GreenRoom: September 2011
It’s no secret that colleges were among the first entities to adopt sustainability practices, which puts them ahead of the curve. As we present our Higher Education Directory of colleges and universities (see page 39), it’s worth noting the incredible things Georgia’s higher education community is doing to save the planet.
The Atlanta Regional Council for Higher Education, a 501(c)(3), which turns 75 in 2013, seeks to spotlight the sustainability strides made at its 20 participating institutions across the metro region, from the University of West Georgia in Carrollton to the University of Georgia in Athens.
“Our higher education institutions are among leaders in the world,” says ARCHE Director Mike Gerber. “From an academic discipline perspective, sustainability cuts across all courses – biology, yes, but also engineering, medicine, public health, political science, finance, economics and even theology – the philosophical underpinnings of stewardship.
“Whether in terms of our research or liberal arts programs, you find sustainability practices so embedded in the curricula that Atlanta can make a legitimate claim to being one of the nation’s higher education green capitals.”
ARCHE has seen a lot of turnover recently, with new presidents at Georgia Institute of Technology and Georgia State University (new GSU president Mark Becker is now chairman of the ARCHE Board).
“A year ago we decided to take a strategic look at our plans moving forward, and early on we realized we had such a variety of institutions that it was hard to find one project they all shared, until we hit upon sustainability,” says Gerber.
“It was Georgia Tech in the ’90s that decided not to create a major, but to build sustainability into everything. That was also decided at UGA. Emory has the Piedmont Project, which is a workshop for faculty to help them build sustainability concepts into their course work – even in French. A third of our institutions now have sustainability directors.
“At Agnes Scott College, they hold nationally renowned competitions for sustainability projects among students. At UGA, they have worked closely with their watershed district; successful programs have also been built at Spelman and Morehouse. Whether you have Georgia Tech growing a [solar] company like Suniva, or Emory setting national standards with their recycling programs, it’s clear we’re sitting on one of the great higher education sustainability efforts of the nation,” says Gerber.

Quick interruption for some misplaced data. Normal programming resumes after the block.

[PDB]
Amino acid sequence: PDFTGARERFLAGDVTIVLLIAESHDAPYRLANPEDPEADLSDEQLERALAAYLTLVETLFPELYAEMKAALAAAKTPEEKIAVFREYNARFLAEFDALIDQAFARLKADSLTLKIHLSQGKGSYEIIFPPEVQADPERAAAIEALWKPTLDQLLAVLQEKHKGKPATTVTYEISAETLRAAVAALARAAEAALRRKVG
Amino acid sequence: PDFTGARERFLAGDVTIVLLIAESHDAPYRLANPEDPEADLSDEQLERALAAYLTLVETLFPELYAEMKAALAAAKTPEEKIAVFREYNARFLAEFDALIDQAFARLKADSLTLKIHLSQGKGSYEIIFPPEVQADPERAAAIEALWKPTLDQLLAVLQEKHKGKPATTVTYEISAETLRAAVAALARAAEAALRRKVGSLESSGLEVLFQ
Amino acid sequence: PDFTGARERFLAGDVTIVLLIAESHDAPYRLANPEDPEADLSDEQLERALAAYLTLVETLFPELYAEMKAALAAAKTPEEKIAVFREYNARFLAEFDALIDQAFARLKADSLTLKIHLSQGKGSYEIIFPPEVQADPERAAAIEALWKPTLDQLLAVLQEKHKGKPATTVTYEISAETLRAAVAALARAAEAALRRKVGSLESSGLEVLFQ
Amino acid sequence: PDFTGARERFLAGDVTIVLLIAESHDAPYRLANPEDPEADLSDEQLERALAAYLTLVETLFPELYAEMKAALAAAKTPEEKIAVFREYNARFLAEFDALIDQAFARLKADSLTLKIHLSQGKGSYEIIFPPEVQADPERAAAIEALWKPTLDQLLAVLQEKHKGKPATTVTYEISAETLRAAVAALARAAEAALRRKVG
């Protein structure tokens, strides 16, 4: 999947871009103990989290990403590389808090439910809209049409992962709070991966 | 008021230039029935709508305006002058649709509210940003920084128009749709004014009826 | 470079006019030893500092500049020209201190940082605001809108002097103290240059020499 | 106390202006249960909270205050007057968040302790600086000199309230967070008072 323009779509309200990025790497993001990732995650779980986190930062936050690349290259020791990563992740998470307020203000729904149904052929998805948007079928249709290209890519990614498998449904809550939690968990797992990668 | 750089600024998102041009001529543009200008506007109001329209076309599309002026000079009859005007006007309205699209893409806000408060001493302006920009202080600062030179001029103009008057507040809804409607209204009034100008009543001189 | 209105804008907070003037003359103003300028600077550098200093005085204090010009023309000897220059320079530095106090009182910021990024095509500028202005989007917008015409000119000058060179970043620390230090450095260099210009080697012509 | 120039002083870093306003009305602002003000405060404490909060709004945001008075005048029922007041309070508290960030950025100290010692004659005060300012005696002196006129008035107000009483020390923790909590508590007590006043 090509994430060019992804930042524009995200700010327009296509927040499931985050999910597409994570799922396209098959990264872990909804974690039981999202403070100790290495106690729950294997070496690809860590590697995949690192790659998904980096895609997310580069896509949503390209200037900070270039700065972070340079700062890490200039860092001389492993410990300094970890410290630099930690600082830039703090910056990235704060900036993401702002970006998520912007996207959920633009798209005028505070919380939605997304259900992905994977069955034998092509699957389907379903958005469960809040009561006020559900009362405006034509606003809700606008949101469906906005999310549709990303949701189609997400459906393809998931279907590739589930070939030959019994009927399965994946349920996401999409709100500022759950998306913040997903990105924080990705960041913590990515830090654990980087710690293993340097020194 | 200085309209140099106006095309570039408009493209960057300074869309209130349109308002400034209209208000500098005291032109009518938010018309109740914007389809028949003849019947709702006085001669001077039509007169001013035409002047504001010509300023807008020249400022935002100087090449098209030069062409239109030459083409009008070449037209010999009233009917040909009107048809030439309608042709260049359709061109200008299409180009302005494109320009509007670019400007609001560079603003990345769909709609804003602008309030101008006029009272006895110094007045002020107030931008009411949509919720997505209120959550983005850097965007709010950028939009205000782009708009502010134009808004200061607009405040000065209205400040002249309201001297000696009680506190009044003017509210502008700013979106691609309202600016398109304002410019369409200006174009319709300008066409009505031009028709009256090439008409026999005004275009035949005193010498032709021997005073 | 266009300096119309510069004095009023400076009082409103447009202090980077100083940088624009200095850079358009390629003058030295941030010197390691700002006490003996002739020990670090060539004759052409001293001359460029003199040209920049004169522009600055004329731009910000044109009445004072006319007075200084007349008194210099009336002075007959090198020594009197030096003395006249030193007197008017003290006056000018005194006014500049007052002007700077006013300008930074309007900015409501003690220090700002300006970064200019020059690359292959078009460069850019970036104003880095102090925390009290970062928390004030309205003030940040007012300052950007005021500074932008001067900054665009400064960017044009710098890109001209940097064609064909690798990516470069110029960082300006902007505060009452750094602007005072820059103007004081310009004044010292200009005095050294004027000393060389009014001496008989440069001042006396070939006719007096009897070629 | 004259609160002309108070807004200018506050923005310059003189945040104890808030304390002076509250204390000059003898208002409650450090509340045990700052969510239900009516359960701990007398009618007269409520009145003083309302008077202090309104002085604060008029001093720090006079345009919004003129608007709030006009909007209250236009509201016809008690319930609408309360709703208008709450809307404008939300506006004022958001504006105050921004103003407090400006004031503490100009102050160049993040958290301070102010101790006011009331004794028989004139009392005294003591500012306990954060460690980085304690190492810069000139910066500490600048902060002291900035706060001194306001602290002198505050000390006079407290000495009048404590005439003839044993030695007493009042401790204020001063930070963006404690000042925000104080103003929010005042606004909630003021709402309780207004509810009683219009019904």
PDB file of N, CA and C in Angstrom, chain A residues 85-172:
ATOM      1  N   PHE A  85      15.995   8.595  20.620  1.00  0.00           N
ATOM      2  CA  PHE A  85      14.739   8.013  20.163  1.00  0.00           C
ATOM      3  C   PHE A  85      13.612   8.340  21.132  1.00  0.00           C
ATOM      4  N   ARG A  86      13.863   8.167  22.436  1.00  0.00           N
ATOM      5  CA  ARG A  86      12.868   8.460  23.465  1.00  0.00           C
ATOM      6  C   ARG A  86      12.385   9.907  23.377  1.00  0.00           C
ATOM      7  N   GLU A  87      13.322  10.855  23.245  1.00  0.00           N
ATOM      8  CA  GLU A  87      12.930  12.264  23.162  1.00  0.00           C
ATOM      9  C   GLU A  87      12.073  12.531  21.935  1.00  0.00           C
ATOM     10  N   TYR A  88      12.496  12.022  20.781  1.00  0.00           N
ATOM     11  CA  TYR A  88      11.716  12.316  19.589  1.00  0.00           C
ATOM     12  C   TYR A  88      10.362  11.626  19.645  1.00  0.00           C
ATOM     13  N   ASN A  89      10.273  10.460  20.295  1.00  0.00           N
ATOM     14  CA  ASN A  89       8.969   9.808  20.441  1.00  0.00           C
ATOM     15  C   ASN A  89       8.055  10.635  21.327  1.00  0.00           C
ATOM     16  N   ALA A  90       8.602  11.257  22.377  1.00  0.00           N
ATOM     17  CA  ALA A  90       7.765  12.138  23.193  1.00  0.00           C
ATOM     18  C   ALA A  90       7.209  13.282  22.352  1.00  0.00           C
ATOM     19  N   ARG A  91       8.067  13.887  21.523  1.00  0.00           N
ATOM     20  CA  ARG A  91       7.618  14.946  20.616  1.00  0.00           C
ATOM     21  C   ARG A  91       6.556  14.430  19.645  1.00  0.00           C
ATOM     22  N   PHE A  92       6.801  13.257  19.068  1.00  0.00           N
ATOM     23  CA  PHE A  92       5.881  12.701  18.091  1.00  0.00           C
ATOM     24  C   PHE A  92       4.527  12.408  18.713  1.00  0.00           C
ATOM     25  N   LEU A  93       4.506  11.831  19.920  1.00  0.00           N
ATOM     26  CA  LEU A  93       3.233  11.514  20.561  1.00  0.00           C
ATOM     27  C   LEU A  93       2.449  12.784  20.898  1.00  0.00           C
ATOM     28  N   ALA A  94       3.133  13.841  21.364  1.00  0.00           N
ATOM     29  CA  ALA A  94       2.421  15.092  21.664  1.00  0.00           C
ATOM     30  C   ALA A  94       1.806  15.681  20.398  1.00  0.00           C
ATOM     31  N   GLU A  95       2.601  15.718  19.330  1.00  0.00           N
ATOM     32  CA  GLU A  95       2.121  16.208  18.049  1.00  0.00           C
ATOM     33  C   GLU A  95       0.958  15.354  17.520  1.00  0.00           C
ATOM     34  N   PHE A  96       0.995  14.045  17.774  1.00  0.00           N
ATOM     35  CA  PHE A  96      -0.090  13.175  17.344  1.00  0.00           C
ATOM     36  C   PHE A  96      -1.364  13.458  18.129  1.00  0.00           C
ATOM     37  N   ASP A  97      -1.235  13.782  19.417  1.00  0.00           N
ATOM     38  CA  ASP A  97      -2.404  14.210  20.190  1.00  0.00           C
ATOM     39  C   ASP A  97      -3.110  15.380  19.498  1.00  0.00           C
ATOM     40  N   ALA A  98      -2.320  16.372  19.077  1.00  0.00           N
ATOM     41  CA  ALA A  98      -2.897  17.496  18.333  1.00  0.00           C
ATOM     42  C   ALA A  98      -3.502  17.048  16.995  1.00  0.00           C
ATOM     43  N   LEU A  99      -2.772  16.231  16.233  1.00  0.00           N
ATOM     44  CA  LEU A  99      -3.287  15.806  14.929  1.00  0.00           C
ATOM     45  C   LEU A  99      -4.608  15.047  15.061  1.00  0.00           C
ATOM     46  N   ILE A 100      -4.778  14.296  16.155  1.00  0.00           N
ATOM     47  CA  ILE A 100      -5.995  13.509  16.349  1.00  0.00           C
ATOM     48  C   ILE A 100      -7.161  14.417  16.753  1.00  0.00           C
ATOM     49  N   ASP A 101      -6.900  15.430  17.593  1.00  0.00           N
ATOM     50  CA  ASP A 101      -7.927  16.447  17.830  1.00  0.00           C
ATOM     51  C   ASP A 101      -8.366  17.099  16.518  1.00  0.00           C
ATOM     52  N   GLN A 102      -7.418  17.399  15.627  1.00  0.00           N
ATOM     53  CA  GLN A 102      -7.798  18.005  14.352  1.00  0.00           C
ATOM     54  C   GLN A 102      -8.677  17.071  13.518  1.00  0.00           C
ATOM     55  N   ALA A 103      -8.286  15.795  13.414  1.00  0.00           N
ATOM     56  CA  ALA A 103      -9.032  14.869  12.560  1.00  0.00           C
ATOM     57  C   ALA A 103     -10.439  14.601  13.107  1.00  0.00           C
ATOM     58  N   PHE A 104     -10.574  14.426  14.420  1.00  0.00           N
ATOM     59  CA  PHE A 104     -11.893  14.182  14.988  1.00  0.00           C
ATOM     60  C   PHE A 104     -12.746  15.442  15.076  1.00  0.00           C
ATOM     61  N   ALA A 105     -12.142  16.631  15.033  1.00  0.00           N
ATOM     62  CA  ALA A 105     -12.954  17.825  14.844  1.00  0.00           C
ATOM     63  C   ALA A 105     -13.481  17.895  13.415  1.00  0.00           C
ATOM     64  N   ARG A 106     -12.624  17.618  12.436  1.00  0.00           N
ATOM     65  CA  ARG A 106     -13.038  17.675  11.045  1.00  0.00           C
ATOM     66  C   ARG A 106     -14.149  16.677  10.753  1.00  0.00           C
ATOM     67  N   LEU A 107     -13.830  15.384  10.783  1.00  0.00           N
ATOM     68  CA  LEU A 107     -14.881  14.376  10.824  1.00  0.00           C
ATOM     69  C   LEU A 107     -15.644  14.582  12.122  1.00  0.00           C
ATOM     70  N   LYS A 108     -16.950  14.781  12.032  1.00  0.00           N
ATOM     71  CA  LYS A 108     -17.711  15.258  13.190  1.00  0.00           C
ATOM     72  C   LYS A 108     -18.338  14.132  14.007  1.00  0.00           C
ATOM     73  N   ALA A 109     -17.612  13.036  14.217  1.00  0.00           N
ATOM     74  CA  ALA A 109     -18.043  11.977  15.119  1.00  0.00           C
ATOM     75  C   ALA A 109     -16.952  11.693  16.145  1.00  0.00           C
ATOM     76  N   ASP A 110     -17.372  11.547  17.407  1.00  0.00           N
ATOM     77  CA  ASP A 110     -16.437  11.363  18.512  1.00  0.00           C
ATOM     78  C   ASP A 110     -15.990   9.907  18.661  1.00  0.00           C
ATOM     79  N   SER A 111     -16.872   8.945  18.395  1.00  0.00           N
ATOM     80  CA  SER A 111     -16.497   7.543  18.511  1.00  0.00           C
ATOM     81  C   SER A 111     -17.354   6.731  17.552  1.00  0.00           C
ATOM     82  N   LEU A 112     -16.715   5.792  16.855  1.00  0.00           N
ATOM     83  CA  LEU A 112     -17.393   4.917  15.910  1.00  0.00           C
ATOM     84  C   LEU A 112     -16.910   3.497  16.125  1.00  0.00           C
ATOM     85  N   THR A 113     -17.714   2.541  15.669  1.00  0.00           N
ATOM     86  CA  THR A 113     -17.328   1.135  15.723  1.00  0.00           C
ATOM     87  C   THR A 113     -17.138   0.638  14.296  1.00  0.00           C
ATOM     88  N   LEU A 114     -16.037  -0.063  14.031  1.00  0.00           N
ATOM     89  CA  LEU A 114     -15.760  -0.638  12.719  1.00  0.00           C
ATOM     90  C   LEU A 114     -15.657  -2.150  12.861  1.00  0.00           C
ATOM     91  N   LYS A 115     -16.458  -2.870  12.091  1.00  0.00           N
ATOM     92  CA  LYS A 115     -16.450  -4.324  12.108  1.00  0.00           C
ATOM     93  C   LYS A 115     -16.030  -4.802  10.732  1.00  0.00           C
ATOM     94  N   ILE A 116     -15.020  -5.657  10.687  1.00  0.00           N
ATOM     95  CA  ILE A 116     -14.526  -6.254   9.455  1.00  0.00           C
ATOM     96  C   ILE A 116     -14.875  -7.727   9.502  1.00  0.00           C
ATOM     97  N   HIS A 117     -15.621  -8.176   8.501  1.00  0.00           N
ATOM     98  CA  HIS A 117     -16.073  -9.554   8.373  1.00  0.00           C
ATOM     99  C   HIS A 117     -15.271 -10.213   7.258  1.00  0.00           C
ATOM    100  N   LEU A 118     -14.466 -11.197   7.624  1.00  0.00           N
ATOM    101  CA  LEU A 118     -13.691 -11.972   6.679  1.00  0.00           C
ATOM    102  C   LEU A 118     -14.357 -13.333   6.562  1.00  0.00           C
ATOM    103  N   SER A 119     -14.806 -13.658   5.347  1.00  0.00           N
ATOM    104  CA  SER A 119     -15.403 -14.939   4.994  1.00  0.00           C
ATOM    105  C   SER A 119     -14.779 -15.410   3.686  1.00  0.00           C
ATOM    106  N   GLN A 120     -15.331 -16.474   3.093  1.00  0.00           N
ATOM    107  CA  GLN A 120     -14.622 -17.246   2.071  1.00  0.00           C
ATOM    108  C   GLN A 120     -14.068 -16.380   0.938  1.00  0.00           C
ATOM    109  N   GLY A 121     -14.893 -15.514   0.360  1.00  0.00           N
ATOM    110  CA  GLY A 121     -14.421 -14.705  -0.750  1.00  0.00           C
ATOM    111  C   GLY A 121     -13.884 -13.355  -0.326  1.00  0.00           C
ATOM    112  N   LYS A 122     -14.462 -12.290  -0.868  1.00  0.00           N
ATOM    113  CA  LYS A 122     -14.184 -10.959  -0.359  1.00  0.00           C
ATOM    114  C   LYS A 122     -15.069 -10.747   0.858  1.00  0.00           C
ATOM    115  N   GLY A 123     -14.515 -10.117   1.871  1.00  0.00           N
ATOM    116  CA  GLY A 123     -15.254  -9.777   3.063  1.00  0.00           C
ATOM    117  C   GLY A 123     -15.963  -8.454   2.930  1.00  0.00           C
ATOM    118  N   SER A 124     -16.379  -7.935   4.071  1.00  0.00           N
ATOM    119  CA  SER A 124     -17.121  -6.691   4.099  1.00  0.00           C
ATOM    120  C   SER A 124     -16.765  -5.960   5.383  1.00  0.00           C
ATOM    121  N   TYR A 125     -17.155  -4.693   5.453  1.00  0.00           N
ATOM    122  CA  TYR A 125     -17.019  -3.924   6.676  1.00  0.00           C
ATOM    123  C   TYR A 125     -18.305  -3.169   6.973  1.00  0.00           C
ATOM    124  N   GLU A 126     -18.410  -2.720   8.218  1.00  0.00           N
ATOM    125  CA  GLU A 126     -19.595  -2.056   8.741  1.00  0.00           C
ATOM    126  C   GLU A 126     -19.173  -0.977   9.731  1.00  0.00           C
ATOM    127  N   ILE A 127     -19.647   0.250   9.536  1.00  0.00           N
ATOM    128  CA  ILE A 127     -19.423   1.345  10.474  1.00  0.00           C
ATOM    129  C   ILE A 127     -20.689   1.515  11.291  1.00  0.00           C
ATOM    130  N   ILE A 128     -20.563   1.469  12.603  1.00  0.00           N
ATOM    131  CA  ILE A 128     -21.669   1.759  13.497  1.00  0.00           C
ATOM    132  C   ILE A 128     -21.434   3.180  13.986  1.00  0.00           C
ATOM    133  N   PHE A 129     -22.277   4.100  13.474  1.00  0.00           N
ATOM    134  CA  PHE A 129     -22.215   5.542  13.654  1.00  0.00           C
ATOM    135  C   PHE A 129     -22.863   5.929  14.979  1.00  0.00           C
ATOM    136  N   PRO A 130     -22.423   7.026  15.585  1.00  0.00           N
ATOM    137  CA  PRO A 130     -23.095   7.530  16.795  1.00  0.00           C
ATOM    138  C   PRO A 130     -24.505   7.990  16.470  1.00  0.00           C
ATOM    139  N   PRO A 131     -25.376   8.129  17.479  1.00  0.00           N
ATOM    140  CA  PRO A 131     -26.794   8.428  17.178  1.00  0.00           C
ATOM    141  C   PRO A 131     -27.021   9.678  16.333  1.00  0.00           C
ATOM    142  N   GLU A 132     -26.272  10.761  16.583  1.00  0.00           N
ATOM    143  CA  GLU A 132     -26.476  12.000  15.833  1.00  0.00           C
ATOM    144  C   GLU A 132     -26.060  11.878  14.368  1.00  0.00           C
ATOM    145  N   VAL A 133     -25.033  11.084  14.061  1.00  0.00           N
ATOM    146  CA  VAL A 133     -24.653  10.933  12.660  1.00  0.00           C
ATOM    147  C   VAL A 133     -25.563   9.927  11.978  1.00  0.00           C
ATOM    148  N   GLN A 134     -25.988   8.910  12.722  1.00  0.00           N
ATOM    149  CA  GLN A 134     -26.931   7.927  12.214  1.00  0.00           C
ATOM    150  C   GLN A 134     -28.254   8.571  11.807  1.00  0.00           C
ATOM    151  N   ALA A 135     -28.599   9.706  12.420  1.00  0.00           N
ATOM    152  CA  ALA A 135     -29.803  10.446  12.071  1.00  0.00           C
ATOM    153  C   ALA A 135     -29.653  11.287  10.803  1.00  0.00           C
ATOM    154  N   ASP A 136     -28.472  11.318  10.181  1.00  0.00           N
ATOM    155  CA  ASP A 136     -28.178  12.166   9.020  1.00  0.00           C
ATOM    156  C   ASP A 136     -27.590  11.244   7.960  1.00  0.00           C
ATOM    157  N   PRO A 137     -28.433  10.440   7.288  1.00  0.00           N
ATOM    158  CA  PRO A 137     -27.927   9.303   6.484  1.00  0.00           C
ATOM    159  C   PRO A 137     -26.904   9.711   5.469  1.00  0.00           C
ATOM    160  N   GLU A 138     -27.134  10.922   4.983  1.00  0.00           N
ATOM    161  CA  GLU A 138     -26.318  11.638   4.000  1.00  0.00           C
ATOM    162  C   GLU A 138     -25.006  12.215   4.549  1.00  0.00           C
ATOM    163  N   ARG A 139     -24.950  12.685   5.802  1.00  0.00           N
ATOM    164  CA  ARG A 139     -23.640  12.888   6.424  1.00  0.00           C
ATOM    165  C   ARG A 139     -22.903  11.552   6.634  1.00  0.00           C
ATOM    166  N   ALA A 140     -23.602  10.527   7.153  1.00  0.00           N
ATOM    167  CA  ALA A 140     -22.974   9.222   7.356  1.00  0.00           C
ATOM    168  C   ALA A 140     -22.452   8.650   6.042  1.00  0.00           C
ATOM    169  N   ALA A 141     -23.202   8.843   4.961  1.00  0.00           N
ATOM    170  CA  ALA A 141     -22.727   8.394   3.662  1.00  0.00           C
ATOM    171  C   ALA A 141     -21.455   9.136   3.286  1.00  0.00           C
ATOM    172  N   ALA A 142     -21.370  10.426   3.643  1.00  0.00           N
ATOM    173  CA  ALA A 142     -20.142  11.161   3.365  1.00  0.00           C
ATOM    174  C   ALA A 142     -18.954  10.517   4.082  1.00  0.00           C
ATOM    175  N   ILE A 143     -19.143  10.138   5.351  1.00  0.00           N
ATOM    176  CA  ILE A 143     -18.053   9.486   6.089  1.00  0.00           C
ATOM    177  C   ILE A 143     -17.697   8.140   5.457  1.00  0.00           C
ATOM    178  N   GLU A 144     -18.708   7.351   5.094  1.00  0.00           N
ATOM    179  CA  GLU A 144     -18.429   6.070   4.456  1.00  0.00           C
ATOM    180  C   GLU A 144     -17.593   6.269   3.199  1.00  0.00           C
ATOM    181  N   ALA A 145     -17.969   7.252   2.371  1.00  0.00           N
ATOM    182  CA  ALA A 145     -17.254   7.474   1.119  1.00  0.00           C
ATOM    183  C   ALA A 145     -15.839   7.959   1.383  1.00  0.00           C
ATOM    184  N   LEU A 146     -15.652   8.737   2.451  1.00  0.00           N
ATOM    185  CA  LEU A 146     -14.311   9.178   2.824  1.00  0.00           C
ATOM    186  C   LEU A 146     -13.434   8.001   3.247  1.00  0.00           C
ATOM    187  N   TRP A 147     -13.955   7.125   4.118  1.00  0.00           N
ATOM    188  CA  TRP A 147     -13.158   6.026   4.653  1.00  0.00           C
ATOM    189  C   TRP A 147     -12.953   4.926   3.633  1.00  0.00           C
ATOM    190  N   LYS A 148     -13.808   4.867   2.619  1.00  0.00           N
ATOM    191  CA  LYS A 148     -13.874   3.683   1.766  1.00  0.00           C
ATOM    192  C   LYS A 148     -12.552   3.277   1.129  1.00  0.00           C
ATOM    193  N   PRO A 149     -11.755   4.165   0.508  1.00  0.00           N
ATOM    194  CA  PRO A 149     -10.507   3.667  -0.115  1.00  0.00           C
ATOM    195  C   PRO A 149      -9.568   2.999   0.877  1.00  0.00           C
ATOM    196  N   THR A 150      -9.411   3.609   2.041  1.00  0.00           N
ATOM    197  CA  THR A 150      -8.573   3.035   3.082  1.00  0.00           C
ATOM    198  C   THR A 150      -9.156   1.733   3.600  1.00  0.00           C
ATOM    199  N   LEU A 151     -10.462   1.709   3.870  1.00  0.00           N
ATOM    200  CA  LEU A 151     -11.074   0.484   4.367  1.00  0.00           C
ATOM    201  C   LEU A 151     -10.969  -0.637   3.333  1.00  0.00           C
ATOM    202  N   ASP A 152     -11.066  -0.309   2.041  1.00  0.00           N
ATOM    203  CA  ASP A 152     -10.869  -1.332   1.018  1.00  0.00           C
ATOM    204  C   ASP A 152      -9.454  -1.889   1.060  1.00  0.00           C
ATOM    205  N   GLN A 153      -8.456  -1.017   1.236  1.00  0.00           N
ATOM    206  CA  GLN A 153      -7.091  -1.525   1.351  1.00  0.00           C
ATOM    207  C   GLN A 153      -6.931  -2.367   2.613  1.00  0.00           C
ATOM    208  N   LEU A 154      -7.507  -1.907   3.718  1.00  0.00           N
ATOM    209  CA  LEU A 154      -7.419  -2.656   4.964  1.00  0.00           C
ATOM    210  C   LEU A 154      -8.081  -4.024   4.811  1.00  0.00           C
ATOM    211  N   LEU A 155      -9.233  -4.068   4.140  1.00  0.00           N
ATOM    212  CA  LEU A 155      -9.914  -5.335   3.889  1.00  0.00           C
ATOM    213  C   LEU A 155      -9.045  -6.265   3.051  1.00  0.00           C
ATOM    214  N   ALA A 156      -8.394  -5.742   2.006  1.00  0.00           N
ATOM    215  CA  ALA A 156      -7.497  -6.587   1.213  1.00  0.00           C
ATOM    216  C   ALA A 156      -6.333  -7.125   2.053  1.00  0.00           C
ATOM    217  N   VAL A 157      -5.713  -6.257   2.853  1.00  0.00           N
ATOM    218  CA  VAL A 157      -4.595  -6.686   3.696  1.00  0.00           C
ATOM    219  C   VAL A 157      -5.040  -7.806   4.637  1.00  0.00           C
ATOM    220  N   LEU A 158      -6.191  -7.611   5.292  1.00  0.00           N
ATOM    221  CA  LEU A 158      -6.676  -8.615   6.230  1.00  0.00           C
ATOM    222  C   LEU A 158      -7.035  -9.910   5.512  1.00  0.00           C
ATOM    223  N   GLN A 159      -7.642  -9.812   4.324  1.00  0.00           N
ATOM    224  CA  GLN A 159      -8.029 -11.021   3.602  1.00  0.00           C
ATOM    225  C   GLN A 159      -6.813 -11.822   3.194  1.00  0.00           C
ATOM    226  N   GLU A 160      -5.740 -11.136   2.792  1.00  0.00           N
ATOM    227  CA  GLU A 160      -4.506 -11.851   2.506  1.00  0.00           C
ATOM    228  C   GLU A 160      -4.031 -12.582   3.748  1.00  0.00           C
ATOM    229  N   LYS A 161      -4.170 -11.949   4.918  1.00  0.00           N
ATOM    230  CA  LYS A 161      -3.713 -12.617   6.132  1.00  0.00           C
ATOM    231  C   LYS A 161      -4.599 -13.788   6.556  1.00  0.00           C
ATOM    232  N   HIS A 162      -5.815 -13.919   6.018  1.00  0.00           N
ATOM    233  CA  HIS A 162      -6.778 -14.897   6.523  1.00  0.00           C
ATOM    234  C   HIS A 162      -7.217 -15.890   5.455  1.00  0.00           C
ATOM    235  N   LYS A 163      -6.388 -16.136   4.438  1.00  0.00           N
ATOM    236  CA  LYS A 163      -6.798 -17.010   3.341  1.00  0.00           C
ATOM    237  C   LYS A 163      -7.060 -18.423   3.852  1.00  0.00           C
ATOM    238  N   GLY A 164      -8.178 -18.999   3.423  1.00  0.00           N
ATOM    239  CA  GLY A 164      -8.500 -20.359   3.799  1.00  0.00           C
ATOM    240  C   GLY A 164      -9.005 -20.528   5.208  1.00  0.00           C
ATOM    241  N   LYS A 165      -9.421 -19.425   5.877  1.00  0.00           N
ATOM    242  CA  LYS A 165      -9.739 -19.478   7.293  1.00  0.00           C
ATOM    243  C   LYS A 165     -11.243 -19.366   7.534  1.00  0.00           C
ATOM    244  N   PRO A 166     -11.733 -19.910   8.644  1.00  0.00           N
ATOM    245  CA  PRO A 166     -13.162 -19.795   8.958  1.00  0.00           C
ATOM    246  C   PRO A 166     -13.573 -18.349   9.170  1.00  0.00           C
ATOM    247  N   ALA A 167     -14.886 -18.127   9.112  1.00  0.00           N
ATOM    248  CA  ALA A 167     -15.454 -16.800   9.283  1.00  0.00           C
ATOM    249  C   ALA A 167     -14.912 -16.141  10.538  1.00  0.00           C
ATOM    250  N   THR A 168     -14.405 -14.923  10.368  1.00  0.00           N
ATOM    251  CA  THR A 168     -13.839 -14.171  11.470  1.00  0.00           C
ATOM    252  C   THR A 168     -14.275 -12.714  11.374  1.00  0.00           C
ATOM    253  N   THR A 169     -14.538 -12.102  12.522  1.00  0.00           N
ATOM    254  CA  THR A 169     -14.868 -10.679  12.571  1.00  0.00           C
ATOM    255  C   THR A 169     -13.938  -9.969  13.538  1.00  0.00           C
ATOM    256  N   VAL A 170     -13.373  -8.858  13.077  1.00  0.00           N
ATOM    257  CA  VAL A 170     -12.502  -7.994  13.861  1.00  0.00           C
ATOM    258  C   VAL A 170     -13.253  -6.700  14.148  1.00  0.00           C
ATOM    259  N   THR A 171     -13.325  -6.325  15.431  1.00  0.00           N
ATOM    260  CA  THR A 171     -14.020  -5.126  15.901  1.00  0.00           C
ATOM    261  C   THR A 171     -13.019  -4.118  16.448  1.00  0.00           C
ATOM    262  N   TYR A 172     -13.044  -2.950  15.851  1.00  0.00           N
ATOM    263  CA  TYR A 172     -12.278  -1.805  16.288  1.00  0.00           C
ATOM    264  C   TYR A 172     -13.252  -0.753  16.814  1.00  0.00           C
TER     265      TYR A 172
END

“Our institutions are living laboratories – green gems,” says ARCHE Vice President Beth Day. “This is where the citizens are in the vanguard of living these green lives, in buildings that show how the systems work, so that students can really understand their impact.”
At Columbia Theological Seminary, for instance, one of the most popular student dorms has a computer on the wall monitoring the students’ impact on the environment. “All this is student driven,” says Day. “At UGA, for instance, the students voted to impose a fee to create an office of sustainability to bring students together for positive change. When they take on such projects themselves, they see how young people can have great ideas, and it empowers them to see how they can change the future.”
As more campuses embrace the ASHE (Association for the Advancement of Sustainability in Higher Education) STARS standard for collecting and reporting data about sustainability, more of that kind of data will be included in ranking information about colleges and universities, says Day. It can also be used to enhance sustainable purchasing practices, adds Gerber.
“We want to promote green purchasing, which is fascinating in its own right – all the inventions, such as those which reclaim and reuse [water from] condensation; or a box now in buildings that changes electricity flow into more even flow to reduce electricity costs – or the use of locally grown produce on campuses. We can identify sources and common issues such as collection, storage and freezing,” says Gerber. “There is a lot of synergy we can create within our institutions.”
It all goes back to branding Atlanta as a higher education leader and building on Geor-gia’s statewide outreach and academic resources to bring ever brighter talent to the state. “Many of our institutional programs are already considered national models,” says Gerber. “Once we get the competition part of this project going, it’s going to be huge.”